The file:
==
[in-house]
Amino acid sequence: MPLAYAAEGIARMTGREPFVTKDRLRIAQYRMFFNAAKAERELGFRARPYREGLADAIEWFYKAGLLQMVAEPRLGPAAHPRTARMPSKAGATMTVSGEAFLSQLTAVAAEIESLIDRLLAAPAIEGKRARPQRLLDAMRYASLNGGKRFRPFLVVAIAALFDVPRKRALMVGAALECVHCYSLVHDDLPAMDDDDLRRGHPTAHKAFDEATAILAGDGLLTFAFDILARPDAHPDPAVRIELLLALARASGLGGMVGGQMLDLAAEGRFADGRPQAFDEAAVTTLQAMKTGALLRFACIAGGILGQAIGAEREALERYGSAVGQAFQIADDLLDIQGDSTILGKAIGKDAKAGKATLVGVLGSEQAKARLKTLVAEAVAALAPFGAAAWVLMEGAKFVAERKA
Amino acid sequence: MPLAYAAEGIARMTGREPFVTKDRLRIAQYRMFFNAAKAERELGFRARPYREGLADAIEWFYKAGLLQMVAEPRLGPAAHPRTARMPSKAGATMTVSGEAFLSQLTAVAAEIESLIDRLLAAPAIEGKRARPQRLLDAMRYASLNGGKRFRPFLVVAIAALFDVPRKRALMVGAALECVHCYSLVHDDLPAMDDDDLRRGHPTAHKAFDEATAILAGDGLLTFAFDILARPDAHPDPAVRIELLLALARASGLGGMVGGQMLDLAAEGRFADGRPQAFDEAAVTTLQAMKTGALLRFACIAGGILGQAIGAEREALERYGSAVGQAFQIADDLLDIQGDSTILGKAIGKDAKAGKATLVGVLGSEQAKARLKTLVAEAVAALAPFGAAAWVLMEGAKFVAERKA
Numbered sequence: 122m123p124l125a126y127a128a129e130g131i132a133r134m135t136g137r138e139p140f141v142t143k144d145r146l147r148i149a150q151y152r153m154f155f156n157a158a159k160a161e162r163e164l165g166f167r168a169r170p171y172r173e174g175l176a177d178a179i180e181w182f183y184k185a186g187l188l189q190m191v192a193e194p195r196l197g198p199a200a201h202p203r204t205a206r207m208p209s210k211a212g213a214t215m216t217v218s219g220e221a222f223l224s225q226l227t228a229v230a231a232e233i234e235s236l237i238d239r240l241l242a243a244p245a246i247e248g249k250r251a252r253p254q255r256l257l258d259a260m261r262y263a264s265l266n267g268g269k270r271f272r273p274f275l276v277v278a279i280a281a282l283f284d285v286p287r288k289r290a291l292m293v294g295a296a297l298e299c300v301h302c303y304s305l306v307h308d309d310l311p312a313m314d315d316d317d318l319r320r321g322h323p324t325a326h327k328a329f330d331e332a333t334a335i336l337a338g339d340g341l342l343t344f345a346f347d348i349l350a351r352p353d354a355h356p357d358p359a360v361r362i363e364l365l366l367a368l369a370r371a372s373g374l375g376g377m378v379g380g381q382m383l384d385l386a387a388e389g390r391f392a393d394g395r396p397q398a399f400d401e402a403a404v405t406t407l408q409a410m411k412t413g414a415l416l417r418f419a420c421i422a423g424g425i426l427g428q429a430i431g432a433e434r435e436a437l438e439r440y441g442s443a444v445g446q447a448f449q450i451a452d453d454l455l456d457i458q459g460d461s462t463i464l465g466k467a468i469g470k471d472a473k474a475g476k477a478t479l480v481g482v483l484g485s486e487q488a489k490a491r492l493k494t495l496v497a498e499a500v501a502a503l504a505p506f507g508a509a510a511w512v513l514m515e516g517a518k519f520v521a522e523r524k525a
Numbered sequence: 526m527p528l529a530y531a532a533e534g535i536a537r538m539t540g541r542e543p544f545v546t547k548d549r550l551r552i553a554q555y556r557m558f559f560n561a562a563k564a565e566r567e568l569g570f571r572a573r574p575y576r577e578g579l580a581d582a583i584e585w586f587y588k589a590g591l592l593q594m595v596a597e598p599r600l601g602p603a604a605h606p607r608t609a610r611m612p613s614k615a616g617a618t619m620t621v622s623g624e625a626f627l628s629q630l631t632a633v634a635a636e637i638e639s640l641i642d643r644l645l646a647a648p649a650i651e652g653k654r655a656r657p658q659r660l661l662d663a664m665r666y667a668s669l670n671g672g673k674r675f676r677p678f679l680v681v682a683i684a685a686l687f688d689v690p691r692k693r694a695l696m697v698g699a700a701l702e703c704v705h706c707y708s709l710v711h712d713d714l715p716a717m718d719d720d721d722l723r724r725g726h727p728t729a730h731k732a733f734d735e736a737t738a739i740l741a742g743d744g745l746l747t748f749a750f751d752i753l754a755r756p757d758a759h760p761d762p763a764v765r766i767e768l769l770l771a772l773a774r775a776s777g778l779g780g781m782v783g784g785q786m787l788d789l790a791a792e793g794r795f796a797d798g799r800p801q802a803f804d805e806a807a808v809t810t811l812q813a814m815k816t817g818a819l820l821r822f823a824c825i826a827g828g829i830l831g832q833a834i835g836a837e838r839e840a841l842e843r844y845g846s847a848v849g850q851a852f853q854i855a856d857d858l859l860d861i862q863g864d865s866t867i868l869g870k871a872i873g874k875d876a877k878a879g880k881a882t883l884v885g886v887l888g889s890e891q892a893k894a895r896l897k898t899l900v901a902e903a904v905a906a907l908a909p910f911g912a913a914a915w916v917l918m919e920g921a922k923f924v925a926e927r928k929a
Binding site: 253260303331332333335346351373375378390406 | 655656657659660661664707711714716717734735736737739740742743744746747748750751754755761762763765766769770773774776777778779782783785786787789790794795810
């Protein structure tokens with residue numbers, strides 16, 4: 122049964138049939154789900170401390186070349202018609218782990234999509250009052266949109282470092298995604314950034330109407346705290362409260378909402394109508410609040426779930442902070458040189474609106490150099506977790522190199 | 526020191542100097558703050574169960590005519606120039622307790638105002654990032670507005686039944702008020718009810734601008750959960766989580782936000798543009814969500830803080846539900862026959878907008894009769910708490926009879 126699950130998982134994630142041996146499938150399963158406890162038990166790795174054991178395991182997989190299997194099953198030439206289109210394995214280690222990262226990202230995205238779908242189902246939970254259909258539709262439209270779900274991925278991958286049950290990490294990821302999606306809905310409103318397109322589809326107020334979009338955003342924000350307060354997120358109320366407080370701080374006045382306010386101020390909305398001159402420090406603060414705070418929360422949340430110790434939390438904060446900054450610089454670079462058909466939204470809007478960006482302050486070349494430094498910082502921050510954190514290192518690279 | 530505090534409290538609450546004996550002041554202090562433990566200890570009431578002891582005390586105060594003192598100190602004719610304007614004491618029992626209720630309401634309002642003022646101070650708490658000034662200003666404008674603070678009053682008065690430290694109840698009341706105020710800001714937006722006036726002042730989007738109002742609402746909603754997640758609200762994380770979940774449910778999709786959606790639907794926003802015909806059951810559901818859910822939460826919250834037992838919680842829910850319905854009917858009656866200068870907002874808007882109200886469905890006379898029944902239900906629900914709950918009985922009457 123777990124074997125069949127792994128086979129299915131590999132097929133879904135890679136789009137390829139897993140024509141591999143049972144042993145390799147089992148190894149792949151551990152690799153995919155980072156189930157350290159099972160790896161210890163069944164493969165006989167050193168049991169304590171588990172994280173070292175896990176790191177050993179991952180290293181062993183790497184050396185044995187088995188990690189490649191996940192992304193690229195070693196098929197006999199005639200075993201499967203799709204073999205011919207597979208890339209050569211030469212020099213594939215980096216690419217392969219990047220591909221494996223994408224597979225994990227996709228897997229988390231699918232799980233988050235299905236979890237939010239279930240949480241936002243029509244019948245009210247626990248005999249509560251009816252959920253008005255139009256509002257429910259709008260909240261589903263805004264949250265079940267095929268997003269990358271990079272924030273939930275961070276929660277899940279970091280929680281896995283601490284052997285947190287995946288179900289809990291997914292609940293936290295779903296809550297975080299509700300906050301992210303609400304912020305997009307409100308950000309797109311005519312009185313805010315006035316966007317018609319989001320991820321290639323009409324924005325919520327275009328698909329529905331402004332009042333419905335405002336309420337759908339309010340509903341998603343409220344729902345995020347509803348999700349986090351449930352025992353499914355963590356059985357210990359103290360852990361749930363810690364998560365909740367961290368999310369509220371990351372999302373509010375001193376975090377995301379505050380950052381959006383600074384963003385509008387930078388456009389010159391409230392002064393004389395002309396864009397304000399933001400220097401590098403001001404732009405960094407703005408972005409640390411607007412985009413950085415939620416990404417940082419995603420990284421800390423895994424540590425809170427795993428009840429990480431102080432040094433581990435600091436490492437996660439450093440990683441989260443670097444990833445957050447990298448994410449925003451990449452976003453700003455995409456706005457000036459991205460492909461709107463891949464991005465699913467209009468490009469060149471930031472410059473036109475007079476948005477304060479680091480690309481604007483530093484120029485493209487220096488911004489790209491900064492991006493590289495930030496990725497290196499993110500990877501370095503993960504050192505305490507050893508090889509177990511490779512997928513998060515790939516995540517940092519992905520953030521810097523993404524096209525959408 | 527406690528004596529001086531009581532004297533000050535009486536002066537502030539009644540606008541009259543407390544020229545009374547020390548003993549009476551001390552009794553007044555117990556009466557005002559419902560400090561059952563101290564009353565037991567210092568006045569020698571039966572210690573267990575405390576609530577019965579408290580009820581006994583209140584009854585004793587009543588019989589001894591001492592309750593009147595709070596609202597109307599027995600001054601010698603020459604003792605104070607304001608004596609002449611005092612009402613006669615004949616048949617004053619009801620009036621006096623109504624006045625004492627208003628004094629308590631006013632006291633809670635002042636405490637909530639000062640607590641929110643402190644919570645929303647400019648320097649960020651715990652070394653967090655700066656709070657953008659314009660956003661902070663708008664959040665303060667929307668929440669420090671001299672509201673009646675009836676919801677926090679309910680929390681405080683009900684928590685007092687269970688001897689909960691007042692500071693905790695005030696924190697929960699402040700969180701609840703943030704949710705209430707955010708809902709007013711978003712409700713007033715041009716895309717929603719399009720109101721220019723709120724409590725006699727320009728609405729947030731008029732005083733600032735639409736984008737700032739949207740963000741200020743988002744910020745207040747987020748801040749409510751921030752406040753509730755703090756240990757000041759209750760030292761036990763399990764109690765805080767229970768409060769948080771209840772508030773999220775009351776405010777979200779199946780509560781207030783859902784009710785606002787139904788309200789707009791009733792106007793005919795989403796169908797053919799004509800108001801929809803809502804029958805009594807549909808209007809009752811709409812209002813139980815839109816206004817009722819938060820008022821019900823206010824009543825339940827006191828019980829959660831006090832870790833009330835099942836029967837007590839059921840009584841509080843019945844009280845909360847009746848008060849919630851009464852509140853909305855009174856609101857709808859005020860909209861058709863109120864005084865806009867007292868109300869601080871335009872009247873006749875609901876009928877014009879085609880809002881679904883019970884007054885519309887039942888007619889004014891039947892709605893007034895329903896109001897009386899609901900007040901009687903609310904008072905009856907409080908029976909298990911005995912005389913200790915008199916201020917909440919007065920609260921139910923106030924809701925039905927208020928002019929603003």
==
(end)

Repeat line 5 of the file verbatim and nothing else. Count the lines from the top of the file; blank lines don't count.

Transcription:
Numbered sequence: 526m527p528l529a530y531a532a533e534g535i536a537r538m539t540g541r542e543p544f545v546t547k548d549r550l551r552i553a554q555y556r557m558f559f560n561a562a563k564a565e566r567e568l569g570f571r572a573r574p575y576r577e578g579l580a581d582a583i584e585w586f587y588k589a590g591l592l593q594m595v596a597e598p599r600l601g602p603a604a605h606p607r608t609a610r611m612p613s614k615a616g617a618t619m620t621v622s623g624e625a626f627l628s629q630l631t632a633v634a635a636e637i638e639s640l641i642d643r644l645l646a647a648p649a650i651e652g653k654r655a656r657p658q659r660l661l662d663a664m665r666y667a668s669l670n671g672g673k674r675f676r677p678f679l680v681v682a683i684a685a686l687f688d689v690p691r692k693r694a695l696m697v698g699a700a701l702e703c704v705h706c707y708s709l710v711h712d713d714l715p716a717m718d719d720d721d722l723r724r725g726h727p728t729a730h731k732a733f734d735e736a737t738a739i740l741a742g743d744g745l746l747t748f749a750f751d752i753l754a755r756p757d758a759h760p761d762p763a764v765r766i767e768l769l770l771a772l773a774r775a776s777g778l779g780g781m782v783g784g785q786m787l788d789l790a791a792e793g794r795f796a797d798g799r800p801q802a803f804d805e806a807a808v809t810t811l812q813a814m815k816t817g818a819l820l821r822f823a824c825i826a827g828g829i830l831g832q833a834i835g836a837e838r839e840a841l842e843r844y845g846s847a848v849g850q851a852f853q854i855a856d857d858l859l860d861i862q863g864d865s866t867i868l869g870k871a872i873g874k875d876a877k878a879g880k881a882t883l884v885g886v887l888g889s890e891q892a893k894a895r896l897k898t899l900v901a902e903a904v905a906a907l908a909p910f911g912a913a914a915w916v917l918m919e920g921a922k923f924v925a926e927r928k929a